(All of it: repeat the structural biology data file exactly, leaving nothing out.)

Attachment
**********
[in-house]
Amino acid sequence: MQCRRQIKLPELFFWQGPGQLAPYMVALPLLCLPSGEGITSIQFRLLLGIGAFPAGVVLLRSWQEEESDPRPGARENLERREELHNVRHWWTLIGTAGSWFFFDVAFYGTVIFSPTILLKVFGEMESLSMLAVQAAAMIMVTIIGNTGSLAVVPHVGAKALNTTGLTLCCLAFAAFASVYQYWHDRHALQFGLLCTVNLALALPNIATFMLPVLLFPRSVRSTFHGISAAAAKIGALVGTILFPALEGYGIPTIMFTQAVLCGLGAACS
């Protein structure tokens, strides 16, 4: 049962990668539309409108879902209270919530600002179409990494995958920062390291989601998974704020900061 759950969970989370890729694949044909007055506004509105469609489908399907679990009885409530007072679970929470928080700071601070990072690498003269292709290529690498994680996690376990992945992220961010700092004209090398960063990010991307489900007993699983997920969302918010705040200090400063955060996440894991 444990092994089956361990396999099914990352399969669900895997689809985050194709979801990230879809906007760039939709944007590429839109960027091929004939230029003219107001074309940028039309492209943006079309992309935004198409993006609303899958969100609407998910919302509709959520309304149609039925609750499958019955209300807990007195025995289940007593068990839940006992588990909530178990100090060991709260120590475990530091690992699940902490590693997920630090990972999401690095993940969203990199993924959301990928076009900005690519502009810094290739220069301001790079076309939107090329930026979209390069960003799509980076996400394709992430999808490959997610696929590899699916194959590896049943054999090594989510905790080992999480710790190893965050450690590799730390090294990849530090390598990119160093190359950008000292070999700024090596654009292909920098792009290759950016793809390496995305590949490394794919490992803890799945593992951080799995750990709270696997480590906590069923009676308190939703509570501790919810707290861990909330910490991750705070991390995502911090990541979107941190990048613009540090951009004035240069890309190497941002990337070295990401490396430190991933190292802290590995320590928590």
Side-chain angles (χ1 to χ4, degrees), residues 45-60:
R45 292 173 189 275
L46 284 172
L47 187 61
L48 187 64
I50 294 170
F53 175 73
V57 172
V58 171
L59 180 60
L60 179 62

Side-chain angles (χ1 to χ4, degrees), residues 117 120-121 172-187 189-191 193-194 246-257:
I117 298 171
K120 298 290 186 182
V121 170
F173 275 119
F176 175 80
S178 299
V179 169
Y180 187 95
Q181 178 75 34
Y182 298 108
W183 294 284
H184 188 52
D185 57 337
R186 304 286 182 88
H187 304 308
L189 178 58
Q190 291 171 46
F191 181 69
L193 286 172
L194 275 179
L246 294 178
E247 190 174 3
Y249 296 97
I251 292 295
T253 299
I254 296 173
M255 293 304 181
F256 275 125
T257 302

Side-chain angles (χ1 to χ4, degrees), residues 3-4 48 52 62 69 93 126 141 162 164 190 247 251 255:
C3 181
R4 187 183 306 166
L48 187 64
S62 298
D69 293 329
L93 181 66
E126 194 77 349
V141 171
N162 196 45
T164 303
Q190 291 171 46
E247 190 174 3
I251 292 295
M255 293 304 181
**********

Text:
[in-house]
Amino acid sequence: MQCRRQIKLPELFFWQGPGQLAPYMVALPLLCLPSGEGITSIQFRLLLGIGAFPAGVVLLRSWQEEESDPRPGARENLERREELHNVRHWWTLIGTAGSWFFFDVAFYGTVIFSPTILLKVFGEMESLSMLAVQAAAMIMVTIIGNTGSLAVVPHVGAKALNTTGLTLCCLAFAAFASVYQYWHDRHALQFGLLCTVNLALALPNIATFMLPVLLFPRSVRSTFHGISAAAAKIGALVGTILFPALEGYGIPTIMFTQAVLCGLGAACS
């Protein structure tokens, strides 16, 4: 049962990668539309409108879902209270919530600002179409990494995958920062390291989601998974704020900061 759950969970989370890729694949044909007055506004509105469609489908399907679990009885409530007072679970929470928080700071601070990072690498003269292709290529690498994680996690376990992945992220961010700092004209090398960063990010991307489900007993699983997920969302918010705040200090400063955060996440894991 444990092994089956361990396999099914990352399969669900895997689809985050194709979801990230879809906007760039939709944007590429839109960027091929004939230029003219107001074309940028039309492209943006079309992309935004198409993006609303899958969100609407998910919302509709959520309304149609039925609750499958019955209300807990007195025995289940007593068990839940006992588990909530178990100090060991709260120590475990530091690992699940902490590693997920630090990972999401690095993940969203990199993924959301990928076009900005690519502009810094290739220069301001790079076309939107090329930026979209390069960003799509980076996400394709992430999808490959997610696929590899699916194959590896049943054999090594989510905790080992999480710790190893965050450690590799730390090294990849530090390598990119160093190359950008000292070999700024090596654009292909920098792009290759950016793809390496995305590949490394794919490992803890799945593992951080799995750990709270696997480590906590069923009676308190939703509570501790919810707290861990909330910490991750705070991390995502911090990541979107941190990048613009540090951009004035240069890309190497941002990337070295990401490396430190991933190292802290590995320590928590």
Side-chain angles (χ1 to χ4, degrees), residues 45-60:
R45 292 173 189 275
L46 284 172
L47 187 61
L48 187 64
I50 294 170
F53 175 73
V57 172
V58 171
L59 180 60
L60 179 62

Side-chain angles (χ1 to χ4, degrees), residues 117 120-121 172-187 189-191 193-194 246-257:
I117 298 171
K120 298 290 186 182
V121 170
F173 275 119
F176 175 80
S178 299
V179 169
Y180 187 95
Q181 178 75 34
Y182 298 108
W183 294 284
H184 188 52
D185 57 337
R186 304 286 182 88
H187 304 308
L189 178 58
Q190 291 171 46
F191 181 69
L193 286 172
L194 275 179
L246 294 178
E247 190 174 3
Y249 296 97
I251 292 295
T253 299
I254 296 173
M255 293 304 181
F256 275 125
T257 302

Side-chain angles (χ1 to χ4, degrees), residues 3-4 48 52 62 69 93 126 141 162 164 190 247 251 255:
C3 181
R4 187 183 306 166
L48 187 64
S62 298
D69 293 329
L93 181 66
E126 194 77 349
V141 171
N162 196 45
T164 303
Q190 291 171 46
E247 190 174 3
I251 292 295
M255 293 304 181